Vegan's Chronicles + vegetarian

The Foreign Food Mart

As part of my 101 List, one of my goals is to learn to cook 5 different international cuisines. One of my fave regional dishes is Thai red curry. I used to eat this all the time when I was living in OC, but since I came to Korea, I think I've only had it about 3 times... in 4 years. Yikes! Anyway, I've always wondered how they get such amazing flavors in one bowl, so it was about time I learned how to make this on my own.

First things first: a trip to the Foreign Food Mart to get all the key ingredients. I wasn't sure what recipe to use, but I just browsed through a bunch of different ones online to get a general idea of what I would need. Here's what I grabbed:

Thai Curry

Red Thai Panang Curry Paste, a bunch of cilantro, some lemongrass, galangal & kaffir lime leaves (all in one package), and a can of coconut milk. You can get coconut milk at most grocery stores/supermarkets, not exclusively at the FFM.

Thai Curry

So... the above was my first attempt at Thai red curry. There are so many recipes out there and they're all a little different, so in the end I just winged it without following any specific recipe (but following all of them at the same time), and by going with whatever veggies I had in my fridge. While this first batch still turned out pretty tasty, I knew it could be a heck of a lot better. I didn't have that many veggies on-hand, and I forgot to buy ginger, as well as to garnish it with the cilantro I bought (I'm so scatterbrained). As a result, the soup was definitely missing a certain depth of flavor. So that was yesterday.

Thai Curry

Fast forward to today, where I made Batch #2! Doesn't this one look miles better? :) Not only did this one look more delicious, it also tasted way more similar to the Thai red curry I've had at restaurants. It was just packed with all kinds of colorful veggies that were stewing in some delicious, deep, complex flavors.

Thai Curry

I also took a cue from Isa Chandra's recent blog post about thai curry, by putting some brown rice right into the pot while everything was cooking. She used uncooked rice, but I just threw a cup of pre-cooked rice that I had on-hand. I really liked how the rice got saturated with the coconut flavors and also thickened up the sauce a bit.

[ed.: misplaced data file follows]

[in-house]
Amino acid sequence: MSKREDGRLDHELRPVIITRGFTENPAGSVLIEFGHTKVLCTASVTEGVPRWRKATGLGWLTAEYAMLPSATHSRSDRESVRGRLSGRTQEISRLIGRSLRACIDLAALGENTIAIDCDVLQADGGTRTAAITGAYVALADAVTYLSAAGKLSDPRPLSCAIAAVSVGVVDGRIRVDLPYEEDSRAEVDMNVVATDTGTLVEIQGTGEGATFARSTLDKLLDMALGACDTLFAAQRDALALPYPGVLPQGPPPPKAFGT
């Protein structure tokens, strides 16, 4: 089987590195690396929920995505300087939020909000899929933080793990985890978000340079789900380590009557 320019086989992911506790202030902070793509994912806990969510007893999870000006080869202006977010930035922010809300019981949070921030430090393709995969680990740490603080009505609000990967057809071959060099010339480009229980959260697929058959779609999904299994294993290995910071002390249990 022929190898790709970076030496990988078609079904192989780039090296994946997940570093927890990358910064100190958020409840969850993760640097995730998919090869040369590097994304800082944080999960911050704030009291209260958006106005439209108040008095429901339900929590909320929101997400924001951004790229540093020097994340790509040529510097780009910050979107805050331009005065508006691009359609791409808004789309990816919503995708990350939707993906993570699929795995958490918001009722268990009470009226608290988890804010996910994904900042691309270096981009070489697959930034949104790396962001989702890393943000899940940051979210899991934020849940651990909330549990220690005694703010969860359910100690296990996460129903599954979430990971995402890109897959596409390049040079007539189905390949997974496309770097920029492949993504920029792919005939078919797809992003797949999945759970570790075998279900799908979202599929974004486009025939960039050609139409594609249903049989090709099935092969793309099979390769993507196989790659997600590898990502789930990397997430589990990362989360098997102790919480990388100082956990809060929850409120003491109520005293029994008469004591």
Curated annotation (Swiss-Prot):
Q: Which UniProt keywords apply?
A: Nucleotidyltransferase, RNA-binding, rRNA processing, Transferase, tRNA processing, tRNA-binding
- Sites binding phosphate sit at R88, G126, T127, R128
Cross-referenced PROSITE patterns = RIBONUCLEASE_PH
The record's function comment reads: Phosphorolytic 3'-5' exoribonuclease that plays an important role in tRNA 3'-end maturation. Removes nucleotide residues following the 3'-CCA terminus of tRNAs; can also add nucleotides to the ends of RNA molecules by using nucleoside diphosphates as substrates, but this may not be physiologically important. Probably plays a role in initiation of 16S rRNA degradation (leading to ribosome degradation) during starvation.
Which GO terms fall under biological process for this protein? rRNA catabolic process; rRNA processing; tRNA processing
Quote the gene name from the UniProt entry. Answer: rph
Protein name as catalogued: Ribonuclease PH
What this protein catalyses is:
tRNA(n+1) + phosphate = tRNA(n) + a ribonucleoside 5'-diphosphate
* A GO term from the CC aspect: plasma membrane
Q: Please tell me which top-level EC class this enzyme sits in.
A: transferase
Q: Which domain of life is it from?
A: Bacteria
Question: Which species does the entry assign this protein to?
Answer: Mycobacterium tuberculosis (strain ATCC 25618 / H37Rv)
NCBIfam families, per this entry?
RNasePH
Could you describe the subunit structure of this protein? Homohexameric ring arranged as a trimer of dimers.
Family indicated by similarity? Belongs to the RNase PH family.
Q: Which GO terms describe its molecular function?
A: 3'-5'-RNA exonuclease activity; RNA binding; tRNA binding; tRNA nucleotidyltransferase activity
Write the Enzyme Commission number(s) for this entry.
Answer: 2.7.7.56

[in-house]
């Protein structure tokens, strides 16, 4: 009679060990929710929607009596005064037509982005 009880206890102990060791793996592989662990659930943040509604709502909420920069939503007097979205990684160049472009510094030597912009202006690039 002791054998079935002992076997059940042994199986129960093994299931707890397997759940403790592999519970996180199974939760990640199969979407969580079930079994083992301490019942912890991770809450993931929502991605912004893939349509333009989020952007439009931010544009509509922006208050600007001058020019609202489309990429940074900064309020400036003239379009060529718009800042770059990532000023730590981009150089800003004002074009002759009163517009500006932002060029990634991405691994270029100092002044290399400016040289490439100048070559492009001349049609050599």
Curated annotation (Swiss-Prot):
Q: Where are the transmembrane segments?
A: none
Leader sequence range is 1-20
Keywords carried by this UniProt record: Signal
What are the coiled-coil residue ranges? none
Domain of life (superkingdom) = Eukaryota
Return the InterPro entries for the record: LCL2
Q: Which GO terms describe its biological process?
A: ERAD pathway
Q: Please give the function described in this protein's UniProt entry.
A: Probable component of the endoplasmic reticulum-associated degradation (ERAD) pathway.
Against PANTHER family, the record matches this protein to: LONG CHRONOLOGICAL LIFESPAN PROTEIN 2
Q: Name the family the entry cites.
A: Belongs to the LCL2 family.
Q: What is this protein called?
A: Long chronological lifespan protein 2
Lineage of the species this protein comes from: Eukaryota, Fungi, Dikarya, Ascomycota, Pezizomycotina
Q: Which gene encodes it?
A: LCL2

I'm sure my "Thai" curry is far from authentic, but I'm happy to share what I did to get this bowl of deliciousness:

Thai Curry

Vegan Thai Red Curry
Serves 2

2 Tbs Thai Red Curry Paste
1/2 stalk of lemongrass
3 kaffir lime leaves
1 inch knob of galangal
1/2 Tbs fresh grated ginger
1/2 onion sliced thin
1/2 tbs oil (I used olive oil)
2 oyster mushrooms, sliced thin
5 cups water (rough guesstimate)
1 veggie bouillon cube
2 cups kabocha squash, cubed
1/2 carrot, sliced thin
1/2 block of firm tofu
1/2 cup coconut milk
1 red chili pepper, sliced thin
1/2 broccoli head, cut into florets
1-2 cups cooked brown rice (optional)
cilantro (for garnish, optional)

1. Sautee onions and mushrooms in some oil, until onions become soft and the mushrooms begin to brown. Add grated ginger, galangal, lemongrass, and kaffir lime leaves. Sautee for a few more minutes.
2. Add water, kabocha squash, carrots, and red curry paste. Bring to a boil.
3. Meanwhile, cut the tofu into cubes and pat dry with a paper towel. Using a separate non-stick fry pan, heat the tofu cubes until the edges are brown. Turn off heat and set aside.
4. Once the kabocha cubes are soft, add the red pepper slices, broccoli florets, and tofu cubes to the curry. At this point, I also added 1 cup of pre-cooked brown rice, but this is totally optional.
5. Add coconut milk & stir. Adjust water to your liking.
6. Once the broccoli is cooked through (but not mushy!), it's done. You can pick out the lemongrass stalks, galangal chunks, and kaffir lime leaves if you like, or you can just leave them in and eat around them.
7. Spoon into a serving bowls and garnish with chopped cilantro leaves (optional).

Thai Curry

The only thing missing was some bamboo shoots. That would've made this sooo perfect.

If you can't find fresh lemongrass, galangal, and kaffir lime leaves in your neck of Korea, don't worry too much. I don't think they're totally necessary since the curry paste will already have them in there, but I do think they add a greater flavor punch. If you don't have these ingredients, just add more curry paste.

Thai Curry

The perfect spoonful.

So which international dish will I attempt next?

food, lemongrass, trip, and more:

The Foreign Food Mart + vegetarian